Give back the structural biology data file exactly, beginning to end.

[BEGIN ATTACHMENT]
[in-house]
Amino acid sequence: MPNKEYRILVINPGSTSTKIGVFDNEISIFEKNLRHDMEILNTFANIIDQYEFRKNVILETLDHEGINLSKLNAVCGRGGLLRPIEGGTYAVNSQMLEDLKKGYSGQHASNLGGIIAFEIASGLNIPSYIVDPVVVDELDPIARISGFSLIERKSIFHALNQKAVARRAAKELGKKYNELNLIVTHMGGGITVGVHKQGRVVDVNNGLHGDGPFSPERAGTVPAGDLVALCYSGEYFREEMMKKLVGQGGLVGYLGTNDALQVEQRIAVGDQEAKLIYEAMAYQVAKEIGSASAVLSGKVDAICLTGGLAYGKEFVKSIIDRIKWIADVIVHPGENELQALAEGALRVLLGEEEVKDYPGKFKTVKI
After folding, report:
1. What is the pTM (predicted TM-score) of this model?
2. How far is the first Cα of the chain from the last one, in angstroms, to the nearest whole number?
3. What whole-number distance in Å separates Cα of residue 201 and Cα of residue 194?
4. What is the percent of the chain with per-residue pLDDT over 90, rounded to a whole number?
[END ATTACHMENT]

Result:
[in-house]
Amino acid sequence: MPNKEYRILVINPGSTSTKIGVFDNEISIFEKNLRHDMEILNTFANIIDQYEFRKNVILETLDHEGINLSKLNAVCGRGGLLRPIEGGTYAVNSQMLEDLKKGYSGQHASNLGGIIAFEIASGLNIPSYIVDPVVVDELDPIARISGFSLIERKSIFHALNQKAVARRAAKELGKKYNELNLIVTHMGGGITVGVHKQGRVVDVNNGLHGDGPFSPERAGTVPAGDLVALCYSGEYFREEMMKKLVGQGGLVGYLGTNDALQVEQRIAVGDQEAKLIYEAMAYQVAKEIGSASAVLSGKVDAICLTGGLAYGKEFVKSIIDRIKWIADVIVHPGENELQALAEGALRVLLGEEEVKDYPGKFKTVKI
After folding, report:
1. What is the pTM (predicted TM-score) of this model?
2. How far is the first Cα of the chain from the last one, in angstroms, to the nearest whole number?
3. What whole-number distance in Å separates Cα of residue 201 and Cα of residue 194?
4. What is the percent of the chain with per-residue pLDDT over 90, rounded to a whole number?